LGBTI campaigners claimed a partial victory this evening as the Scottish Government agreed to work on homophobic and transphobic bullying in schools.
Shirley-Anne Somerville, the Minister for Higher and Further Education, revealed the establishment of a working group to address the "difficulties" some pupils face over their sexuality or gender identity.
The move follows pressure from the Time for Inclusive Education (TIE) campaign, which is lobbying for the introduction of new lessons to tackle classroom prejudice.
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Research by the campaign found nine out of ten LGBTI Scots experience homophobia at school, and more than 25 per cent have attempted suicide as a result of harassment.
TIE will have a place on the new working group, as will the Scottish Catholic Education Service and the National Parent Forum Scotland, amongst others.
Jordan Daly, co-founder of the group, called the move "a significant step forward", saying: "For the last two years we have campaigned from a grassroots level for LGBTI-inclusive education in all Scottish schools.
"The launch of this working group marks a significant step forward – not only for this movement, but for all LGBTI young people.
"As such, we welcome this news, and now look forward to working alongside the Scottish Government and other organisations including LGBT Youth Scotland and Stonewall Scotland in order to ensure that the support which exists for our campaign translates into real change at a national level."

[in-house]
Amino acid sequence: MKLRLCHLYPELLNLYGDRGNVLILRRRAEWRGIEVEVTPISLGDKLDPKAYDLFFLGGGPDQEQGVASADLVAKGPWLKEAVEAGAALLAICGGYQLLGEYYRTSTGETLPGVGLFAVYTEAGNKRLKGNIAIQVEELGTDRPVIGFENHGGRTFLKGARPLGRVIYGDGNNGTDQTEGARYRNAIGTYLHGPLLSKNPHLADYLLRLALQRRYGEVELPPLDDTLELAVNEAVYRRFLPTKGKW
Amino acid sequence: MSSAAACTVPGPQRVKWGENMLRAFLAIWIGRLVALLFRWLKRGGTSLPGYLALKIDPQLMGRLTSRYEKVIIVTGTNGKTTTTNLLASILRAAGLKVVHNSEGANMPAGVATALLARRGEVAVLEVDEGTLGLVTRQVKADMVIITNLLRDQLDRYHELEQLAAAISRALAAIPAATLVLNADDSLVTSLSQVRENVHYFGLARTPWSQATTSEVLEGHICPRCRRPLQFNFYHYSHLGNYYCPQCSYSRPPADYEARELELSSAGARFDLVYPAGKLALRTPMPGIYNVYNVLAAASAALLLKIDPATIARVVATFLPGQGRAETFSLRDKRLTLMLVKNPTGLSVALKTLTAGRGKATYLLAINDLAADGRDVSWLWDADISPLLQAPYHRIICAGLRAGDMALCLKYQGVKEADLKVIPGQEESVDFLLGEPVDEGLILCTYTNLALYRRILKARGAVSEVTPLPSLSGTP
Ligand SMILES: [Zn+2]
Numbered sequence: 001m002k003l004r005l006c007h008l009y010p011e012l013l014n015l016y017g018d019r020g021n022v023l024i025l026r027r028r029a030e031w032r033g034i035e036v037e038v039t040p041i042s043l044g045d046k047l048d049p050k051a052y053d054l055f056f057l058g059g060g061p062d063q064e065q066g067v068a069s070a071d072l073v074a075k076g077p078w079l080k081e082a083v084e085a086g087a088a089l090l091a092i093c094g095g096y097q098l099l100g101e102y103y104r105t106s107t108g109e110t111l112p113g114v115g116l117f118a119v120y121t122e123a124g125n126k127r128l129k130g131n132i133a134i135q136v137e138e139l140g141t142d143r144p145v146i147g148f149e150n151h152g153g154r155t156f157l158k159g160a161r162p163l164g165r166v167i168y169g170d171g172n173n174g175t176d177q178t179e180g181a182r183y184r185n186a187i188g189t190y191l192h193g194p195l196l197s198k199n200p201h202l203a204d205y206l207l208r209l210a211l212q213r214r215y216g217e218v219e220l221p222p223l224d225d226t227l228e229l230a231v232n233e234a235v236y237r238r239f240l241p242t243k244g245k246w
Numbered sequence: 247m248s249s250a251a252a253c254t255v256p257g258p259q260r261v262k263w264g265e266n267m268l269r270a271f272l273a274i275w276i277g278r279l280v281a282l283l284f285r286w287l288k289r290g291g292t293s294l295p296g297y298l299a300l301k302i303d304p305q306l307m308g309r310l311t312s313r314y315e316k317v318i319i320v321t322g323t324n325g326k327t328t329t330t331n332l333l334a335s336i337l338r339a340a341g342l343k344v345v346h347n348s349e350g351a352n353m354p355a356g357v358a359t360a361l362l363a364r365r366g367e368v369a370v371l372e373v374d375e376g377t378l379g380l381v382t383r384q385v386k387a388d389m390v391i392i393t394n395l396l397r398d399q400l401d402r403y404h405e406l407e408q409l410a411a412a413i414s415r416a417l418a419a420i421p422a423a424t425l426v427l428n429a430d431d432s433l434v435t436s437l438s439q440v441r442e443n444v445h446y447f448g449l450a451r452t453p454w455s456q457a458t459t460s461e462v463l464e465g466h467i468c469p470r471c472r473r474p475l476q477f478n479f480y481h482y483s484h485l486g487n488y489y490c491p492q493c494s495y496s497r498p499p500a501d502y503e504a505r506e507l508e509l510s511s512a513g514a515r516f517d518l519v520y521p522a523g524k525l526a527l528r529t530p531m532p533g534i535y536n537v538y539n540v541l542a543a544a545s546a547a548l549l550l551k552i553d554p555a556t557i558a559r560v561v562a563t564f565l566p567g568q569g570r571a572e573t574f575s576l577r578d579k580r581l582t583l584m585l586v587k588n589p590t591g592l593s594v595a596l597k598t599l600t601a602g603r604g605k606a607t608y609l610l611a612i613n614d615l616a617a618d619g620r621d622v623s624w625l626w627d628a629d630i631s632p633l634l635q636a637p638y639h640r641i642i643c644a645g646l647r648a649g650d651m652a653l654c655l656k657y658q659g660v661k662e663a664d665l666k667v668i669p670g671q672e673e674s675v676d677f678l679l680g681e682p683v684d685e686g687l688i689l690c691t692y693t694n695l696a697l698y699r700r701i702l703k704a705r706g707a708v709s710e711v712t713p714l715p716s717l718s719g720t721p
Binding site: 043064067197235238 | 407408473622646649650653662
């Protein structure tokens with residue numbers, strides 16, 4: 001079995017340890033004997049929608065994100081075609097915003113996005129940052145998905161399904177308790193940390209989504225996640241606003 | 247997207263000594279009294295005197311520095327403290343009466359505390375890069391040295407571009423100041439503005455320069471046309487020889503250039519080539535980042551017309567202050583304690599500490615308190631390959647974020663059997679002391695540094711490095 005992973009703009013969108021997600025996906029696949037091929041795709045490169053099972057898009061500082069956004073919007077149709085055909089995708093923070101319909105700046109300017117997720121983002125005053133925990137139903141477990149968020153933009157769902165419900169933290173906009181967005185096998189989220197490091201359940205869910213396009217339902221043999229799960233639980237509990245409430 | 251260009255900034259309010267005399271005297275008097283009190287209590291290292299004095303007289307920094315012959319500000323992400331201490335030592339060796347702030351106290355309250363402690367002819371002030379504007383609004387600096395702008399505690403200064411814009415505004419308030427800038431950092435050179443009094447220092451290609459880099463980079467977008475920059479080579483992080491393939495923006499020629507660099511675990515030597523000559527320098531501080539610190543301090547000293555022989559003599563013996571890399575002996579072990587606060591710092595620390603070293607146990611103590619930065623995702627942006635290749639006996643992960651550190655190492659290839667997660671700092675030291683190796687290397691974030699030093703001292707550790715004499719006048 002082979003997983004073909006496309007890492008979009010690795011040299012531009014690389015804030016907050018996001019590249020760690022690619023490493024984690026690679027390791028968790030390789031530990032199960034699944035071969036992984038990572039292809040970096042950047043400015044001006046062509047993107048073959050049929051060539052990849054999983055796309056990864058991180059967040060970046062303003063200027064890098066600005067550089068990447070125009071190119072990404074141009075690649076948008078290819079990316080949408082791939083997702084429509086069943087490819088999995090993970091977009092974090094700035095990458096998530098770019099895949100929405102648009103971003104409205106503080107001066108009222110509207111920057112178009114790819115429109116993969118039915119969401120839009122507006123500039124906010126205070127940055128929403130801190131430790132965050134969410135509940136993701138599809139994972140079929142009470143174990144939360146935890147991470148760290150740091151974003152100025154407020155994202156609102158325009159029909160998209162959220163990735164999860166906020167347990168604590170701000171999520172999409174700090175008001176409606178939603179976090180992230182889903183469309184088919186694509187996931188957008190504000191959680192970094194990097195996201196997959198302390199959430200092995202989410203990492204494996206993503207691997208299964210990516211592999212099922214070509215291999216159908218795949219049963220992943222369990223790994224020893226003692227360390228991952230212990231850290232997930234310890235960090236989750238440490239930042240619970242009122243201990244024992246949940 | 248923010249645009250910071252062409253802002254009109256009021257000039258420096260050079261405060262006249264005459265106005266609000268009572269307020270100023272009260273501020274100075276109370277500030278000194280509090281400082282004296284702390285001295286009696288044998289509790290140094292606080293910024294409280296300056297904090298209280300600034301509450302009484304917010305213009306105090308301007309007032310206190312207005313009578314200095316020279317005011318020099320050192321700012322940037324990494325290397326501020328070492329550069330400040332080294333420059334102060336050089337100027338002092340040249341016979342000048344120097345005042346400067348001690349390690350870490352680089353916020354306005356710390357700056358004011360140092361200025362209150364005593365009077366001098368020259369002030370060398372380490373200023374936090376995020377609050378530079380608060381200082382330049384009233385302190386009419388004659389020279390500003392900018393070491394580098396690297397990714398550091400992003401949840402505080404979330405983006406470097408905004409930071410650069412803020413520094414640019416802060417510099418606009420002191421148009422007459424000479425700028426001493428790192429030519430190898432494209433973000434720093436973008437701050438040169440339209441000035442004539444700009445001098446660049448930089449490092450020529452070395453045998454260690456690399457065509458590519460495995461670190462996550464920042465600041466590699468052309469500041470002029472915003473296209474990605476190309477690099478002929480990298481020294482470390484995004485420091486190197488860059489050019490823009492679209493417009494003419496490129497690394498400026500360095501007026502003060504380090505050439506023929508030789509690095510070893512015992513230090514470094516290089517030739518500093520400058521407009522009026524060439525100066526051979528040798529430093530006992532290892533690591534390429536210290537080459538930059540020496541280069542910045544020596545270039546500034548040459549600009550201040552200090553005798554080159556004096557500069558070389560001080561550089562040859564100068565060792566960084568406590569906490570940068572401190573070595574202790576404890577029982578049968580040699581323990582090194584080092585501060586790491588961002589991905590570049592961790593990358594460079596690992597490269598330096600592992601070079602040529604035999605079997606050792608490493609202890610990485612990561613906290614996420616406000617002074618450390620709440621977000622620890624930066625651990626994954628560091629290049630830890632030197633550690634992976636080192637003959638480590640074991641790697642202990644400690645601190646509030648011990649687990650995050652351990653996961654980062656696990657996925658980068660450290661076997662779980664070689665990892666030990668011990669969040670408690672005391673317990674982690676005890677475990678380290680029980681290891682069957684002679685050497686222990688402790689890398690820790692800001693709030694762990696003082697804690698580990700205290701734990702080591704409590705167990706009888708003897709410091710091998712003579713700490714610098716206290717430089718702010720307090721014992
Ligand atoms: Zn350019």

At a Holyrood debate, Somerville said: "Our education system must support all Scotland's young people to reach their full potential and we have listened carefully to concerns about the difficulties being faced by some young people in schools.
"While local authorities and schools are best-placed to decide how to deliver the curriculum based on local needs and circumstances, there may be more that can done to improve the education experience for LGBTI young people.
"That is what this working group will consider and we look forward to receiving its recommendations."
On the need for change, Stonewall Scotland director Colin Macfarlane said: "Despite significant progress and excellent work being undertaken by many schools to support their LGBTI pupils, we know that progress has been patchy.
"Many teachers continue to feel ill-equipped to tackle bullying of LGBTI pupils and to talk about LGBTI issues within the classroom."